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Media Zone: Are You Missing Out on the Second Screen?

1 May, 2013 By: Timothy R. Hawthorne Response

Now is the time to stop looking at mobile phones and tablets as distractions to your TV commercials and learn how to harness the power of the second screen.

Timothy HawthorneSuccessfully delivering TV advertising messages isn’t easy these days, what with the proliferation of mobile phones, laptops, tablets and other devices that come between the target audience and your television commercial itself. Call the teenager who peruses Facebook while watching The Carrie Diaries or the housewife who texts her friends while home shopping hosts peddle today’s top bargains distracted, if you will, but the reality is that today’s marketers have more selling opportunities than ever at their fingertips — they just have to know how to leverage them.

It starts by looking at that pesky second screen — a label given to the idea that a mobile phone or tablet can serve as a companion device for the TV, thus allowing for more interactivity — not as a distraction but as an opportunity. Recent research from Minneapolis-based Frank N. Magid Associates Inc., shows the degree to which digital device multitasking is becoming a norm among those who own a device and watch television.

For example, nearly half of tablet owners say they use their tablets while watching TV at least half the time. As more consumers come to own connected mobile devices that allow them to perform digital tasks in the TV viewing environment, says Rick Ehrman, Magid’s managing director, “This phenomenon will continue to grow at an impressive pace.”

“Thanks to the second screen phenomenon, more than 80 percent of TV viewers have a response device in hand while watching television,” adds Ehrman, who sees the ability to make an instant phone or Internet connection, or order at the press of a button, eliminating a lot of friction from the purchase process. And because a high percentage of consumers use their second screens in conjunction with the TV programming that they are watching, he says marketers are well braced to leverage this behavior in a way that measurably impacts cost per order.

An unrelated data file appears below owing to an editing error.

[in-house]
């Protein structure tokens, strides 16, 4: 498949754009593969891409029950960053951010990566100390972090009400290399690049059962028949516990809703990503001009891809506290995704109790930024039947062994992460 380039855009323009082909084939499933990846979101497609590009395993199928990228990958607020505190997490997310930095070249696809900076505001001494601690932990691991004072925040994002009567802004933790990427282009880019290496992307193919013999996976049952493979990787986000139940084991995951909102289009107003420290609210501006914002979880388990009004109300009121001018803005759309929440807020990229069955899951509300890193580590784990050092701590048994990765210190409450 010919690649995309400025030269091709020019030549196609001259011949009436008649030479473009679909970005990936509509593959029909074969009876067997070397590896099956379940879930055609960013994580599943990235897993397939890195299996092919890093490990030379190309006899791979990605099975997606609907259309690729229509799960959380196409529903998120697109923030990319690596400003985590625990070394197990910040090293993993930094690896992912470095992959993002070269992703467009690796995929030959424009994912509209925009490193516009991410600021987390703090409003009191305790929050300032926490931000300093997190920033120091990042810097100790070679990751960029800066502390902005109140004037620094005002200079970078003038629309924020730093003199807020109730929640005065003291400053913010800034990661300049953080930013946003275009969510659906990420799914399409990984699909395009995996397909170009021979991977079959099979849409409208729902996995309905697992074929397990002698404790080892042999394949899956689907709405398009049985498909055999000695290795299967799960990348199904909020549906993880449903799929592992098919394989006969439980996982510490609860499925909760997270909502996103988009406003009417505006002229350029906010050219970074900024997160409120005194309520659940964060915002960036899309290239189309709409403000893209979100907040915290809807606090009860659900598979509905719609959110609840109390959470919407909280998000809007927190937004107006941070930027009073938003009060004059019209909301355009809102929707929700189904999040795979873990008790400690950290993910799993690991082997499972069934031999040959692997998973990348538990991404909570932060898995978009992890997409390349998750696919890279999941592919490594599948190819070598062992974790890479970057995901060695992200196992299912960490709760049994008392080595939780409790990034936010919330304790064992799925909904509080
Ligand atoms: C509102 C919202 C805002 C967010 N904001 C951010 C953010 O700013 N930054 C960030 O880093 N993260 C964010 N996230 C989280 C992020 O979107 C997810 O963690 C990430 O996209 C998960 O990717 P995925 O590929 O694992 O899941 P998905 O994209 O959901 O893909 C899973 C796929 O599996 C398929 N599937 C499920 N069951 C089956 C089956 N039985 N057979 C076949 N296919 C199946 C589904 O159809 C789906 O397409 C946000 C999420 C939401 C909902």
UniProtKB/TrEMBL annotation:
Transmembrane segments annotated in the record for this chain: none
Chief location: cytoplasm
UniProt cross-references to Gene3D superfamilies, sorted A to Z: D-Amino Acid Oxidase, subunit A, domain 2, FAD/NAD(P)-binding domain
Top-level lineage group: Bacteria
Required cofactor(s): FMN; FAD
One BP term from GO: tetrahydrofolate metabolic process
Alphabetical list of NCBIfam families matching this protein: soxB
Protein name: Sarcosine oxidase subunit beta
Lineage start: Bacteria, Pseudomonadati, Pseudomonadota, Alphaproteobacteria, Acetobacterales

Companies like Shazam, Viggle, Zeebox and Getglue have stepped up to the plate and are producing apps and taking other steps to help marketers and carve out a piece of the companion screen. “Of all the advertising segments,” Ehrman says, “the second screen is likely to have the greatest impact on the TV lead/order generation segment.” In return for their second-screen efforts, Ehrman says marketers can transform 30-second brand spots into DR and effectively extend DRTV media into prime time.

The question is: how does a DRTV advertiser go about harnessing this power in a way that positively impacts a campaign’s bottom line? The answer lies in combining the clout of targeted and measurable DR lead generation with the mass reach of prime-time brand advertising. Through ACR (automatic content recognition), for example, a viewer can not only sync a second screen to a TV commercial, but also sync it to a sponsor’s website, thus enabling the ability to make those “one-click connections” to a phone center, a direct purchase, “or telescope into ‘more information,’” says Ehrman.

Marion Guthrie, president of Gut3Marketing in Philadelphia, says the interconnection of DRTV and the second screen is obvious based on the fact that “consumers no longer have to get up off the sofa and walk into the kitchen to make a call anymore.”

Guthrie is one of those consumers. After seeing a commercial for the Disney nature movie Chimpanzee, Guthrie decided to take her grandson to the flick. Without getting up, she used her mobile phone to search for the #meetoscar hashtag (which was advertised on the commercial) to find local movie theatre show times. “It was a pretty simple and fast process,” says Guthrie, “and it just goes to show how seamlessly the second screen can be integrated into an advertising campaign.”

To marketers looking to leverage the second-screen phenomenon, Guthrie says the key is to put yourself in consumers’ shoes and envision what they want and need from an interactive advertising experience. From there, focus on how to integrate ad messages into your customers’ lives across these new platforms. “Remember to always use the second screen as an educational tool versus an invasive one,” she adds, “and always give customers a way to respond. Otherwise you’re just wasting your money.”

About the Author: Timothy R. Hawthorne

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